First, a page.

Hackers Use Binance CCO’s Deepfake for Exchange Listing Scam

A group of hackers managed to impersonate Binance Chief Communications Officer (CCO) Patrick Hillmann in a series of video calls with representatives of digital cryptocurrency projects. The attackers used what Hillman describes as an artificial intelligence hologram, deepfake his image to accomplish this, and managed to trick some representatives of the projects into thinking that Hillman was helping them get listed on the exchange.

Binance CCO Patrick Hillmann was impersonated by a third party

Hackers and scammers are improving their methods by including more technical tools in their plans. Binance Chief Communications Officer (CCO) Patrick Hillmann reported last week on a new and sophisticated way attackers use his image to conduct listing scams.

Hillmann said the hacker managed to program his AI (artificial intelligence) hologram, a deepfake, used to trick representatives of several cryptocurrency projects during a Zoom call. Holograms were able to trick these projects into believing that they were considering a listing on Binance and that Hillmann was part of the operation.

The listing plan was discovered when the members contacted Hillman to thank him for his help with the so-called listing opportunity. However, he was unaware of these meetings as he was not involved in Binance’s listing process.

Hillmann did not disclose details on which cryptocurrency projects were targeted, nor the funds invested for the so-called listing service.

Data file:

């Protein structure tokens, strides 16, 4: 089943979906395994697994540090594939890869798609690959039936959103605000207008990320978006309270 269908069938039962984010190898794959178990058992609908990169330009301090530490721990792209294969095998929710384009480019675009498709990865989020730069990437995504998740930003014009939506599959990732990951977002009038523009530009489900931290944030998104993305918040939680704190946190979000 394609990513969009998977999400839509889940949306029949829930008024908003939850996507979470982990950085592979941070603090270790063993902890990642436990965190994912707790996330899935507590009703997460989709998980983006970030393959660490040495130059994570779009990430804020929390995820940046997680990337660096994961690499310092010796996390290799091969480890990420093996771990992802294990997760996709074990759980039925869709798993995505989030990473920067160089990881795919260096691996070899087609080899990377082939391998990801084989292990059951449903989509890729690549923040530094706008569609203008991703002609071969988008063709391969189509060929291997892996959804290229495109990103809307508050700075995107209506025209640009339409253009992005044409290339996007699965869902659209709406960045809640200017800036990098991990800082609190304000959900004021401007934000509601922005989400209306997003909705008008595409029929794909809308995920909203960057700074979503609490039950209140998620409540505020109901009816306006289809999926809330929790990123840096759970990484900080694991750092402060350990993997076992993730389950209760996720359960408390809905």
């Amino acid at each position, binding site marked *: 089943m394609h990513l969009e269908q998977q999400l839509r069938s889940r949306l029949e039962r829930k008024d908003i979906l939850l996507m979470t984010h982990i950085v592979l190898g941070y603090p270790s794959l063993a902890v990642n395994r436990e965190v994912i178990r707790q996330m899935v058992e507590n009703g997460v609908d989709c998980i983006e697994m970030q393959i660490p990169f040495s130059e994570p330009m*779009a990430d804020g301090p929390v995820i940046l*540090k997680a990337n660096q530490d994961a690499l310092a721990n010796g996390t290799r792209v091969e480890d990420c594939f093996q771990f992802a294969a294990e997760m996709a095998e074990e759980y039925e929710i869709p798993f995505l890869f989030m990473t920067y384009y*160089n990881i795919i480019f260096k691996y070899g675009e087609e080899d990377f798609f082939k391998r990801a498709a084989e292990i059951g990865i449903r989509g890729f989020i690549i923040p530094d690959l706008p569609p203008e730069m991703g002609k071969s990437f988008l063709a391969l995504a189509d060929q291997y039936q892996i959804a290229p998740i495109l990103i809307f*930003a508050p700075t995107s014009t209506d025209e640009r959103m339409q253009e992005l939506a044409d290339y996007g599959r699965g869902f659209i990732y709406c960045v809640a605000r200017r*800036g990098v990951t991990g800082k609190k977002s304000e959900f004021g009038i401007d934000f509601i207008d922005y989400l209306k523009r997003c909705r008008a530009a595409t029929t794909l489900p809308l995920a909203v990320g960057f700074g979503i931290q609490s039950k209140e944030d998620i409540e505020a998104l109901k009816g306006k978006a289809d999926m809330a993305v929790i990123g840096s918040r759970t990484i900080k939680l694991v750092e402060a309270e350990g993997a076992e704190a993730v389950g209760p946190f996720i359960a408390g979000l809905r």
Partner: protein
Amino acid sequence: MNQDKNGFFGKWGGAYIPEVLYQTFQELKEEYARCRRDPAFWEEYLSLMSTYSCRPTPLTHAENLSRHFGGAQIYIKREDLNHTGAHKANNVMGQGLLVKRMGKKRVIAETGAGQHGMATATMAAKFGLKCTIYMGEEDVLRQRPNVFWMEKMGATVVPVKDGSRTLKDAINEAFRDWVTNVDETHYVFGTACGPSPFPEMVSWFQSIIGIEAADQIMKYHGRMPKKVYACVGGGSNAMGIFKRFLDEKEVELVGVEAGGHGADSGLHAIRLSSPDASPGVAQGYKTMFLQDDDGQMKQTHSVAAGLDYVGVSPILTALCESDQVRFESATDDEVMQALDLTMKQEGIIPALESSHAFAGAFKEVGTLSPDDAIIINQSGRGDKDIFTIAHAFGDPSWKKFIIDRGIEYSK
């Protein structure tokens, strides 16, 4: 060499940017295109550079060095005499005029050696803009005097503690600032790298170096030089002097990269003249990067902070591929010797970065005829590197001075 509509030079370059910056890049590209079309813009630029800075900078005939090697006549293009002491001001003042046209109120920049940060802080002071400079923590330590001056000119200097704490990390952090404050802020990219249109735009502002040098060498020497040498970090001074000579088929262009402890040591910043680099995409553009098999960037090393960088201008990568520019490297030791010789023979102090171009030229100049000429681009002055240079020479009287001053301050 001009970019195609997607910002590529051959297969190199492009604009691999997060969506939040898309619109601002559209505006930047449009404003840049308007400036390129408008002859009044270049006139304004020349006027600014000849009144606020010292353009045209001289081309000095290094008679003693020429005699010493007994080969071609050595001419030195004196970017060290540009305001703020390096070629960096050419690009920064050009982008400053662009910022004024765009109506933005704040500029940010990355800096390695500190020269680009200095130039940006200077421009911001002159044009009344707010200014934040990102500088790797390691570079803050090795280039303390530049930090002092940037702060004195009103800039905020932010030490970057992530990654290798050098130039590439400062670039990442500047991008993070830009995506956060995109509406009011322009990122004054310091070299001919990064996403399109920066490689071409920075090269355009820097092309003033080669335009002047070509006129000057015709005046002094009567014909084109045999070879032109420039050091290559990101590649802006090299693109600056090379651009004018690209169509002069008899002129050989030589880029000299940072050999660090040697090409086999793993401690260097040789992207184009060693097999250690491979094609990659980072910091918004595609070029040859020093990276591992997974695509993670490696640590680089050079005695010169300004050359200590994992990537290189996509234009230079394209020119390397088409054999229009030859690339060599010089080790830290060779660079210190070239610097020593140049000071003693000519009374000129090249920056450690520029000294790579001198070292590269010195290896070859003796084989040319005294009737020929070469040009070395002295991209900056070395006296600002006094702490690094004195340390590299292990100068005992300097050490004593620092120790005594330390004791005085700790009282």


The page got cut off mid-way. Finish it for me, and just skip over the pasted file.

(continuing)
Internet fraud

The Binance CCO also warned that such fake scams have increased on several social media platforms on the internet. In this regard, Hillman said:

In addition to this latest incident, there has been a recent surge in hackers masquerading as Binance employees and executives on platforms such as Twitter, LinkedIn, Telegram, and others. We are ready to protect our users and our ecosystem.

Binance’s listing process does not include third parties, Hillmann clarified that project listing proposals are only received through the direct listing application page. According to a blog post published last year, Binance does not charge a flat listing fee for these projects. Regarding the value of the listing fee, Binance explained:

There is no fixed number. Just come up with a number you’re happy with. Show that you are willing to contribute to social impact.

Additionally, all fees collected by the exchange are donated to Binance Charity, a blockchain tracking charity sponsored by the exchange. Listing scams appear to be becoming more common, as Brazilian crypto investment platform Bluebenx has also recently been a victim of such scams.

What do you think of the Binance deepfake-driven listing scam? Let us know in the comments section below.

Sergio Goshenko

Sergio is a cryptocurrency journalist in Venezuela. He describes himself being late to the game, entering the crypto space when prices rose in December 2017. With a background in computer engineering, living in Venezuela, and being affected by the cryptocurrency craze on a social level, he offers a different perspective on the success of cryptocurrencies and how it can help the unbanked and underserved.

Image Source: Shutterstock, Pixabay, Wiki Commons, Iryna Budanova, Shutterstock.com

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